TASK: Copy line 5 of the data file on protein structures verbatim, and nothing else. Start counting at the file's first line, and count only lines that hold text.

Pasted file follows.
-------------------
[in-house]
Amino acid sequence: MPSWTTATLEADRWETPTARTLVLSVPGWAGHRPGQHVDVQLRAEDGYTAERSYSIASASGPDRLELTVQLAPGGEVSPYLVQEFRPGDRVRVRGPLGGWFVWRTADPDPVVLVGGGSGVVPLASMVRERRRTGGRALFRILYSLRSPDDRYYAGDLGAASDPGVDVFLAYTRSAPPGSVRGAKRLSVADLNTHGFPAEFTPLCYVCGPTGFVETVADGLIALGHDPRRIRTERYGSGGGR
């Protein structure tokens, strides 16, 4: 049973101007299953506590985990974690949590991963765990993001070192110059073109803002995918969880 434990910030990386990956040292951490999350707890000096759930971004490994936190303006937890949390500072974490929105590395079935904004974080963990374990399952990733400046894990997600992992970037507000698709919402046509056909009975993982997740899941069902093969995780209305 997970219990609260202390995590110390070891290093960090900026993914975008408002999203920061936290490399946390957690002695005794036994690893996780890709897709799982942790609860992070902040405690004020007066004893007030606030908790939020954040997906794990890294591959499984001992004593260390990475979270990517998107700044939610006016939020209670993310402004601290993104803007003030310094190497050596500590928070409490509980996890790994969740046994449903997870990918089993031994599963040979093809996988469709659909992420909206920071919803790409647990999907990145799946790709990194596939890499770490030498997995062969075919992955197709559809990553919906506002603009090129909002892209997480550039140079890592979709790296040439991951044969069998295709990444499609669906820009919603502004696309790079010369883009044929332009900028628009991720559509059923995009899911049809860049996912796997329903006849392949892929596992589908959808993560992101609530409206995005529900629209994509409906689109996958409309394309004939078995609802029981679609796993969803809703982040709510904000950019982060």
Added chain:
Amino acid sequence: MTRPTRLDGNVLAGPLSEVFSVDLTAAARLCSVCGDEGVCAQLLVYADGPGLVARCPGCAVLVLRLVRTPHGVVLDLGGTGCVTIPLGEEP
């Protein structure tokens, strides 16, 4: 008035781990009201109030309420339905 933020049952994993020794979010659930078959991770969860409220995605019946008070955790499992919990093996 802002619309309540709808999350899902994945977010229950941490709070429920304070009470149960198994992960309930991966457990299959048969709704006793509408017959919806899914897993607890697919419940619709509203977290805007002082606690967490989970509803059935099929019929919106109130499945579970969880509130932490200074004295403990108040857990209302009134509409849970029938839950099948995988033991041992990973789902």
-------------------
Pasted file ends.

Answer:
Amino acid sequence: MTRPTRLDGNVLAGPLSEVFSVDLTAAARLCSVCGDEGVCAQLLVYADGPGLVARCPGCAVLVLRLVRTPHGVVLDLGGTGCVTIPLGEEP